Several years ago, Wyre Archaeology ran a forum and a blog. On more than one occasion an unusual stone found in the River Brock promoted discussion.
From this image it is difficult to make out any features apart from, what appears to be, a tenon on the right-hand side. Other posters came up with more images.
This view also shows the tenon on the left and a hole which appears to go through the stone.
At the time there was much discussion regarding the use for such a stone. These ranged from a keeill cross shaft to part of a Roman milestone - both tempting but probably wrong. On a recent dig uncovering an old watermill at Hollowforth (near Woodplumpton) the following stone was uncovered.
From this image it is difficult to see the tenon on the right-hand side but, when looking from the other side, the tenon becomes obvious.
It is suspected that this was part of the "hurst frame" or structure that held the main part of the grinding stones together and at least two of these shaped stones were found on the site. The tenon would have provided a fixed point, stopping the whole structure moving during the milling process.
So why is this more likely than the previous suggestions? The fact that the stone was found in the river and that the dismantled "lower" Brock mill lies only a couple hundred metres upstream from the find. The simplest solution is often then more likely solution.
Cup & Ring stones
On the 6th April 2019, several members of the group met at Nicky Nook to investigate a possible cup and ring stone. On a beautiful day, with magnificent views of the Fylde, the stone and the surrounding area was investigated. It was found at the junction of a couple of ancient walls - which may, possibly, be investigated at a later date. More information will be reported at the next meeting.
The find was reported to Lancashire Historic Environment Record only to find that it had already been reported & recorded.
Following a request, more details and photographs have been added to our Kirkham dig from several years ago. This is now more important with the news that a housing development at Brook Farm, Dowbridge, has been given planning permission.
The recent (2018) Dowbridge dig has uncovered a number of finds have been uncovered including a bronze age cup stone and the base of a Roman oven. It is understood that more investigations will take place in the summer of 2019.
More information to follow.
This site was drawn to our attention by David Ratcliff (http://www.romanroads.org/gazetteer/roman1.htm) who had been using LIDAR images to trace possible Roman roads in Lancashire. A possible housing development had been mooted on Bilsborrow Lane, Bilsborrow and in the documentation there appeared a proviso regarding a possible Roman road which might go across the site. Although we didn't have access to that site a continuation of the LIDAR appeared to trace a path over the corner of a playing field belonging to Bilsborrow, John Cross Primary School. Permission was enthusiastically granted and a survey (performed by Wigan Archaeology Group) of the field was taken. Although the resistivity plots were inconclusive it was decided that a dig was the only way to prove the existence of the road - one way or another.
The above image shows the projected line of the Roman Road (in red) together with the resistivity survey.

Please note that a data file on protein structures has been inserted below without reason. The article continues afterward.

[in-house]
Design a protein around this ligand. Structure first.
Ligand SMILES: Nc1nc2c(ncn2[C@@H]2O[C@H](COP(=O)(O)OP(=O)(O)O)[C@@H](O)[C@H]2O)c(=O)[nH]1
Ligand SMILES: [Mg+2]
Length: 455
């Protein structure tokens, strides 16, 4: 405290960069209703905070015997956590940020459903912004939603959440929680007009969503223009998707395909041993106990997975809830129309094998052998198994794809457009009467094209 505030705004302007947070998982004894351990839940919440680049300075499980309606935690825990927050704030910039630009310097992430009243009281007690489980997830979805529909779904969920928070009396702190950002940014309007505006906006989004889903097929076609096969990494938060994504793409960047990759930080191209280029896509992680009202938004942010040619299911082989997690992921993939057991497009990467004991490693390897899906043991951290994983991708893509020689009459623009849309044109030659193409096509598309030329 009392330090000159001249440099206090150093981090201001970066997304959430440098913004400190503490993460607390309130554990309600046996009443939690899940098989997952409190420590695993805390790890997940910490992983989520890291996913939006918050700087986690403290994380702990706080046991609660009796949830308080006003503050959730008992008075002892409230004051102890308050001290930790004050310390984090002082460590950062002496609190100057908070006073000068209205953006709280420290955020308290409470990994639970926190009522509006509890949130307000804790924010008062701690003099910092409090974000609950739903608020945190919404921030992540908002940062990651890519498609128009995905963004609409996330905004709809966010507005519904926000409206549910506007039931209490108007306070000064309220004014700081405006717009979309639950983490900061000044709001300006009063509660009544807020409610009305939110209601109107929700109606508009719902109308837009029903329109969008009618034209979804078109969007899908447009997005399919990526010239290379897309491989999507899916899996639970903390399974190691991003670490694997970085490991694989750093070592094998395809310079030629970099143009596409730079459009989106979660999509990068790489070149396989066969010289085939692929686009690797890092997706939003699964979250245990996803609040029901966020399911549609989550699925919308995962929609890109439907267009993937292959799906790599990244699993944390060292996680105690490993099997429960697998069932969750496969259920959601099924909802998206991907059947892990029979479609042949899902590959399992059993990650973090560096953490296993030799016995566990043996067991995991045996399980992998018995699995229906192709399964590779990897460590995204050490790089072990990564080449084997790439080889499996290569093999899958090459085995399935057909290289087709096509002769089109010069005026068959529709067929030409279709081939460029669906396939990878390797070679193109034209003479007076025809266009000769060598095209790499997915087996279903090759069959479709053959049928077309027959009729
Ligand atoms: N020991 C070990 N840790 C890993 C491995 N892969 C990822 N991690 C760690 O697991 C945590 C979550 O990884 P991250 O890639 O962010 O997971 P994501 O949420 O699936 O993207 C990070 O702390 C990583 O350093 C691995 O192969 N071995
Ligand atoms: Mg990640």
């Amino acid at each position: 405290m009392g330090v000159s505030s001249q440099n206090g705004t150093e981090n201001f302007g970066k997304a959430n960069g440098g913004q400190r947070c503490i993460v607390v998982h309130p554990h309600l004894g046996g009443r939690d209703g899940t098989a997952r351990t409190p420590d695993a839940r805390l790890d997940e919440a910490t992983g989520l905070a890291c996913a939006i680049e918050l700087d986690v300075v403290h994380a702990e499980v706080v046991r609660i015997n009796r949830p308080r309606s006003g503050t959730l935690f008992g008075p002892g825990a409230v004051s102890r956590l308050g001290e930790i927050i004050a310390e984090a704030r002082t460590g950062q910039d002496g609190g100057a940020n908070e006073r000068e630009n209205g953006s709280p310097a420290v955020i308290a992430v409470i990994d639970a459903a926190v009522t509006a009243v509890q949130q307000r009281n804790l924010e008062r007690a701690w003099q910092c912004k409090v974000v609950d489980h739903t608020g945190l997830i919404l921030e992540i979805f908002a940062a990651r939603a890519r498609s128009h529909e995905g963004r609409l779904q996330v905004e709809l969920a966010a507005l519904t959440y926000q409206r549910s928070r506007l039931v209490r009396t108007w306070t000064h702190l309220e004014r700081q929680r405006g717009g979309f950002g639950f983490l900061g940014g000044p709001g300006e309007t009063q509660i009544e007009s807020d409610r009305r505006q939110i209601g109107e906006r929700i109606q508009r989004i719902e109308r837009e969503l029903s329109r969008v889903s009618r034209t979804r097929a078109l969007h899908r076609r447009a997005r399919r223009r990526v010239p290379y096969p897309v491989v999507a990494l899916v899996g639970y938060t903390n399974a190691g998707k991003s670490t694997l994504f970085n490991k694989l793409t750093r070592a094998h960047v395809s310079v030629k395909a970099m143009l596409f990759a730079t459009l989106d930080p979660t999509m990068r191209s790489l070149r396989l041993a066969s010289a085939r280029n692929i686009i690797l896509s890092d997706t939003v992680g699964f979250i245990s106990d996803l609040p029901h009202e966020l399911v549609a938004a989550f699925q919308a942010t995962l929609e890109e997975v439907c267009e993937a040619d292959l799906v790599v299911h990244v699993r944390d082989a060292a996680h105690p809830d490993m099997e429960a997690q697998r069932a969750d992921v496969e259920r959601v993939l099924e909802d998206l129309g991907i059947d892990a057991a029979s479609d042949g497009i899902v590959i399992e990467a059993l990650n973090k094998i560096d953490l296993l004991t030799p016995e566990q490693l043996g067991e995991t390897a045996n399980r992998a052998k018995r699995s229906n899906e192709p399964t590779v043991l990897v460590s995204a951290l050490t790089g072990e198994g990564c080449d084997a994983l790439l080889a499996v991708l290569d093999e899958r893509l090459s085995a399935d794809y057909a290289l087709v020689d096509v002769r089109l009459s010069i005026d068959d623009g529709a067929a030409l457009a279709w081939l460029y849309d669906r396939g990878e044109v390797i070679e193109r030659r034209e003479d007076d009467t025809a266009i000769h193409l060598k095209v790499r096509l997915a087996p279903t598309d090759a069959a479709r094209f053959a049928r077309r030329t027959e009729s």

On Sunday, 23rd September, 2018 a 10m x 2m trench was opened. At the same time the field was swept by metal detector.
Over the next two days the trenches were taken down to natural - unfortunately with no sign of the Roman Road.
On a more positive note, the pupils visited the site and were encouraged to get involved. By doing this we might have discovered future archaeologists.
Many thanks to the staff and pupils of the school, in particular Liam Reynolds, the headteacher.
The Hollowforth site has finally been closed down. It has been a frustrating but rewarding site and John Grimbaldeston couldn't have been a more welcoming and encouraging host. Several big digs have been completed along with numerous odd days. The size of the spoil heap was evidence of the amount of work put into the site and the requirement to hire a digger to reinstate the site gives testimony to this.
So, what have we learnt from the site? First a great deal about the structure and running of mills. In particular the complexity of a mill that may have been on the same site for several hundred years; a veritable palimpsest of building styles and ideas. When we started there was no understanding of mills and their structure; the type of wheels, undershot (which the records showed it to be in this case), overshot or breastshot wheels, the different types of mill stone (with the very hard French burr being one of our discoveries) together with the techniques required for drying the corn and the different types of kiln tiles particularly fascinating. After all of these positive comments, why was it frustrating? The main answer being that we couldn't access the portion of the mill nearest the wheel and thus the main workings. Perhaps, sometime in the future this may become available.
One a more positive note the webmaster found the research into the history of the mill fascinating and this has to a number of discoveries:-
- the estate maps held at Cheshire Archives for the Woodplumpton (and other) areas from the 1770's onwards of which copies are now to be found in Lancashire Archives. This has becomes an invaluable resource for local historians.
- the one mention of a mob emerging from the 1768 riots in Preston which a Hollowforth miller managed to restrain from further destruction. This has led onto further research on the riots and there will be more on this in a later article.
- the continuing influence of the manorial system on the area. Even when the system was breaking down in most areas, John Warren still influenced the district.